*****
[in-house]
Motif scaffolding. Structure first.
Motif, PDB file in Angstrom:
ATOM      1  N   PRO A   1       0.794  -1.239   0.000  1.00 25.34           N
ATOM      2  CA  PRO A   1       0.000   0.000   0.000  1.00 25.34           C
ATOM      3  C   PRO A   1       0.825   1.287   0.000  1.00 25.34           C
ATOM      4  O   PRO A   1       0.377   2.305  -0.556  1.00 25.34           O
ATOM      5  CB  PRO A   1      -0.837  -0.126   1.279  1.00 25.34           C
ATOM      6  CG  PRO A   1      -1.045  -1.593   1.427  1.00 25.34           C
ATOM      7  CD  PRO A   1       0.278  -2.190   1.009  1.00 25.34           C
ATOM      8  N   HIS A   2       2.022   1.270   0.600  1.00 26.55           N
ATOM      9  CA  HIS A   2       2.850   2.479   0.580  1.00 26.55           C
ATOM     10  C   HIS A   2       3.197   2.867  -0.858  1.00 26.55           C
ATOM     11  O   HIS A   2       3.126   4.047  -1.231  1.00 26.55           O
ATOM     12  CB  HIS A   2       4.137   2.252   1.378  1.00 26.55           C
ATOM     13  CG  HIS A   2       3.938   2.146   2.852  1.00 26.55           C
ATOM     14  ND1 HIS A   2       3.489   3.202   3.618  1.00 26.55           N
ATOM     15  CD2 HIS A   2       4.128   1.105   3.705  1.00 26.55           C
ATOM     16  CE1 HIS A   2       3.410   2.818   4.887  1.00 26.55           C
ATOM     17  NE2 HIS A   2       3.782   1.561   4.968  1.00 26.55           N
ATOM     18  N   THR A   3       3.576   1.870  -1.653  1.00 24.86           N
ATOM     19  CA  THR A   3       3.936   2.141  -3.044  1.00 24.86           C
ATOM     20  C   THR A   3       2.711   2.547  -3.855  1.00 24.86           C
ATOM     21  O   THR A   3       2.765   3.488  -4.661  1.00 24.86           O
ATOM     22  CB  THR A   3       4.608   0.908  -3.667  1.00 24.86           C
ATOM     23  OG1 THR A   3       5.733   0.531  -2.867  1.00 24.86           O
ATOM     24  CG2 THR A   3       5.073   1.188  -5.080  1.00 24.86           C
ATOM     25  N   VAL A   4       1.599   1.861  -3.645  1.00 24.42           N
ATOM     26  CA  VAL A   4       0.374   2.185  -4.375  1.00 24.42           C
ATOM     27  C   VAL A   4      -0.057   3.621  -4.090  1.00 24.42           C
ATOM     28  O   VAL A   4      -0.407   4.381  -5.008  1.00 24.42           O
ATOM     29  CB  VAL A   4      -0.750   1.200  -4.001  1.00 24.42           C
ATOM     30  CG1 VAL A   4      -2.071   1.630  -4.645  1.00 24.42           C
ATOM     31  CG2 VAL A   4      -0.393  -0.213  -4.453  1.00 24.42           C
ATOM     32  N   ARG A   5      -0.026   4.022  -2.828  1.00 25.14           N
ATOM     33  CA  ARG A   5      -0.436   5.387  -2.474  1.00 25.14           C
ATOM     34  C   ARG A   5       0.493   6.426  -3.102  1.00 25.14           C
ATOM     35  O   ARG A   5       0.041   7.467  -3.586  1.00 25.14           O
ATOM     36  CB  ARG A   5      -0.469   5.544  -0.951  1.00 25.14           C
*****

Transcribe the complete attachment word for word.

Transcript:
[in-house]
Motif scaffolding. Structure first.
Motif, PDB file in Angstrom:
ATOM      1  N   PRO A   1       0.794  -1.239   0.000  1.00 25.34           N
ATOM      2  CA  PRO A   1       0.000   0.000   0.000  1.00 25.34           C
ATOM      3  C   PRO A   1       0.825   1.287   0.000  1.00 25.34           C
ATOM      4  O   PRO A   1       0.377   2.305  -0.556  1.00 25.34           O
ATOM      5  CB  PRO A   1      -0.837  -0.126   1.279  1.00 25.34           C
ATOM      6  CG  PRO A   1      -1.045  -1.593   1.427  1.00 25.34           C
ATOM      7  CD  PRO A   1       0.278  -2.190   1.009  1.00 25.34           C
ATOM      8  N   HIS A   2       2.022   1.270   0.600  1.00 26.55           N
ATOM      9  CA  HIS A   2       2.850   2.479   0.580  1.00 26.55           C
ATOM     10  C   HIS A   2       3.197   2.867  -0.858  1.00 26.55           C
ATOM     11  O   HIS A   2       3.126   4.047  -1.231  1.00 26.55           O
ATOM     12  CB  HIS A   2       4.137   2.252   1.378  1.00 26.55           C
ATOM     13  CG  HIS A   2       3.938   2.146   2.852  1.00 26.55           C
ATOM     14  ND1 HIS A   2       3.489   3.202   3.618  1.00 26.55           N
ATOM     15  CD2 HIS A   2       4.128   1.105   3.705  1.00 26.55           C
ATOM     16  CE1 HIS A   2       3.410   2.818   4.887  1.00 26.55           C
ATOM     17  NE2 HIS A   2       3.782   1.561   4.968  1.00 26.55           N
ATOM     18  N   THR A   3       3.576   1.870  -1.653  1.00 24.86           N
ATOM     19  CA  THR A   3       3.936   2.141  -3.044  1.00 24.86           C
ATOM     20  C   THR A   3       2.711   2.547  -3.855  1.00 24.86           C
ATOM     21  O   THR A   3       2.765   3.488  -4.661  1.00 24.86           O
ATOM     22  CB  THR A   3       4.608   0.908  -3.667  1.00 24.86           C
ATOM     23  OG1 THR A   3       5.733   0.531  -2.867  1.00 24.86           O
ATOM     24  CG2 THR A   3       5.073   1.188  -5.080  1.00 24.86           C
ATOM     25  N   VAL A   4       1.599   1.861  -3.645  1.00 24.42           N
ATOM     26  CA  VAL A   4       0.374   2.185  -4.375  1.00 24.42           C
ATOM     27  C   VAL A   4      -0.057   3.621  -4.090  1.00 24.42           C
ATOM     28  O   VAL A   4      -0.407   4.381  -5.008  1.00 24.42           O
ATOM     29  CB  VAL A   4      -0.750   1.200  -4.001  1.00 24.42           C
ATOM     30  CG1 VAL A   4      -2.071   1.630  -4.645  1.00 24.42           C
ATOM     31  CG2 VAL A   4      -0.393  -0.213  -4.453  1.00 24.42           C
ATOM     32  N   ARG A   5      -0.026   4.022  -2.828  1.00 25.14           N
ATOM     33  CA  ARG A   5      -0.436   5.387  -2.474  1.00 25.14           C
ATOM     34  C   ARG A   5       0.493   6.426  -3.102  1.00 25.14           C
ATOM     35  O   ARG A   5       0.041   7.467  -3.586  1.00 25.14           O
ATOM     36  CB  ARG A   5      -0.469   5.544  -0.951  1.00 25.14           C